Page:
In today’s post, Adoption STAR client Heather Joseph, reflects on her journey to motherhood.
As an adoptive mommy who went through years of infertility (in my previous life!), I am always getting phone calls from friends, strangers, a friend of a cousin who has a neighbor and works with someone that wants some advice…you get the gist. If you have adopted, you understand that we are sometimes the poster people for walking others through the journey to becoming a family. It’s an honor I don’t take lightly.
While I was driving to Costco today, a very dear friend called. She was borderline hysterical but I could tell she was trying to talk herself out a significant meltdown. She and I have been friends for 11 years and she and her hubby just celebrated their 13th wedding anniversary. She is radiant, funny, loyal and kind. She also happens to be very risk adverse.
To IVF, specifically. But she and her husband decided to go for it. In vitro fertilization is no joke. It’s a full out, totally expensive, souped up chemistry experiment that hopefully ends in a baby. Or triplets. Or nothing except a bill. It’s a process that gives you WAY too much information about your body’s fertility, of lack thereof. Who really wants to know how many egg follicles they have at any given time? And I think I’d have been okay if I didn’t know the intimate details of my husbands sperm morphology, or have a vaginal ultrasound every two to three days during the process. But that’s all the fun of IVF. You also get to stab yourself in the gut every night and shoot about $275 worth of meds into it…10 days in a row. That’s a blast. And if the bruises from the needles don’t get you pumped up, the total lack of emotional control will really put you over the edge. The best part? They want about $10-$15K. Cash. Now. Awesome.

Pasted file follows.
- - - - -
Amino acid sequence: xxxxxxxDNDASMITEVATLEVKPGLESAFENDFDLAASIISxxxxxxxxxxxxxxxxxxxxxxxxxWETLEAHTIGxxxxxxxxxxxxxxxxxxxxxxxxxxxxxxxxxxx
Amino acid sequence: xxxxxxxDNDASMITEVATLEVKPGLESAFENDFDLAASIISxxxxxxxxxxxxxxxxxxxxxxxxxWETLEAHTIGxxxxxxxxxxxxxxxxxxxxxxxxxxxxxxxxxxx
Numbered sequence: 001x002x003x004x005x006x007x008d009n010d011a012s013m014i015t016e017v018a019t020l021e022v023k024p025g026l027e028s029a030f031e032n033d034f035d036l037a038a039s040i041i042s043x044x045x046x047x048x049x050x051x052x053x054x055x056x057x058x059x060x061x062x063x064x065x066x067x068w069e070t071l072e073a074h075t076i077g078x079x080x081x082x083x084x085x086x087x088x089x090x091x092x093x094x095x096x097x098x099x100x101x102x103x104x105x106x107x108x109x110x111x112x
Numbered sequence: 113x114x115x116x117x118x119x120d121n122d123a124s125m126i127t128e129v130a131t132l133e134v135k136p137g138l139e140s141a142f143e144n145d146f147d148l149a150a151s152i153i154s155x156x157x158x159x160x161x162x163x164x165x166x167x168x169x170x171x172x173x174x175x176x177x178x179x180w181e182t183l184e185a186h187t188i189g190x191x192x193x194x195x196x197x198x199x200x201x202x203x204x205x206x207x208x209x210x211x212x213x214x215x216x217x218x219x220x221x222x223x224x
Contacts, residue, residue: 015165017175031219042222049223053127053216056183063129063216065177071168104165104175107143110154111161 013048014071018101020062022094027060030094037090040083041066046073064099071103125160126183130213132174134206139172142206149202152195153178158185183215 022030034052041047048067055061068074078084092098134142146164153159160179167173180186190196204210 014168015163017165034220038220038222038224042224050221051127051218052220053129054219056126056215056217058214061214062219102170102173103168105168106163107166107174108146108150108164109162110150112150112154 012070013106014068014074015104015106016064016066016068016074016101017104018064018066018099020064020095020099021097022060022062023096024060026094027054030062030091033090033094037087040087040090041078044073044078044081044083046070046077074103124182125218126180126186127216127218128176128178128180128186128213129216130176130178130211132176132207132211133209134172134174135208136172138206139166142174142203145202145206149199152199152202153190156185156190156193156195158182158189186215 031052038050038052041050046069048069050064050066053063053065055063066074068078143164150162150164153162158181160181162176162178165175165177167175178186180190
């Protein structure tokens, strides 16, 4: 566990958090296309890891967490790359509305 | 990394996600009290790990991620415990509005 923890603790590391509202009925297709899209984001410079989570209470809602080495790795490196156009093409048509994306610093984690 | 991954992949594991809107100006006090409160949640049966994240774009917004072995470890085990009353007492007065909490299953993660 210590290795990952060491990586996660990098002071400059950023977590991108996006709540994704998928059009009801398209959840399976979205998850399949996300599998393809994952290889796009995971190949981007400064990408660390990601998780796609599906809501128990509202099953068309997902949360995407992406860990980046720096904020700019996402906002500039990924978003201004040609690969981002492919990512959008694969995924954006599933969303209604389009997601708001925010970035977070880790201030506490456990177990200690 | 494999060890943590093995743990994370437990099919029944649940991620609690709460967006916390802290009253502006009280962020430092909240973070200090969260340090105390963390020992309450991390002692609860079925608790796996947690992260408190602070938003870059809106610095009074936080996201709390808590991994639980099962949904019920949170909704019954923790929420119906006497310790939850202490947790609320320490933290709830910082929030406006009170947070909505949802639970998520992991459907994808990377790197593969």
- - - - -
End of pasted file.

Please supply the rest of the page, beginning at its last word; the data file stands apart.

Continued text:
That’s about where my sweet friend was when she called. And her eggs weren’t developing right, she hardly has any mature ones at all and the doctor wants to know if she wanted to call the whole thing off. I tried to do more listening than talking (it was hard) and empathize. She said she didn’t know if it was going to work, if it didn’t, they didn’t know what they would do next, and the worst part was that she just became an aunt (very very very impossible situation when you want a baby so bad, have tried for years and everyone around you is celebrating a new arrival…you want to run and hide, that sounds hideous to say, but it’s quite true).
After letting her get it all out, I told her that when we went through fertility, I always thought my worst case scenario was going to be adoption. If IVF didn’t work, then hubby and I were “going to have to be stuck adopting.” Actual words used. No joke. Then I came up to a stoplight, turned my head to check on the kids, and I see this picture. My “worst case” scenarios were holding hands. And Worst Case Scenario Number One was telling me how he was so “happy he gets to protect his baby sister” And Worst Case Scenario Number Two just stuck out her chubby little yummy hand for him to hold.
I hung up with her realizing once again that my Worst Case Scenarios are literally the Best Gifts God Has Ever Given Me.
Read More from and about Our STAR Families:
- From No Way to Yes Together
- True Story from 2001: A Special Adoption Story
- Carmela Meets the Adoptive Family
- A Young Adoptee Takes a Journey Back to Adoption STAR
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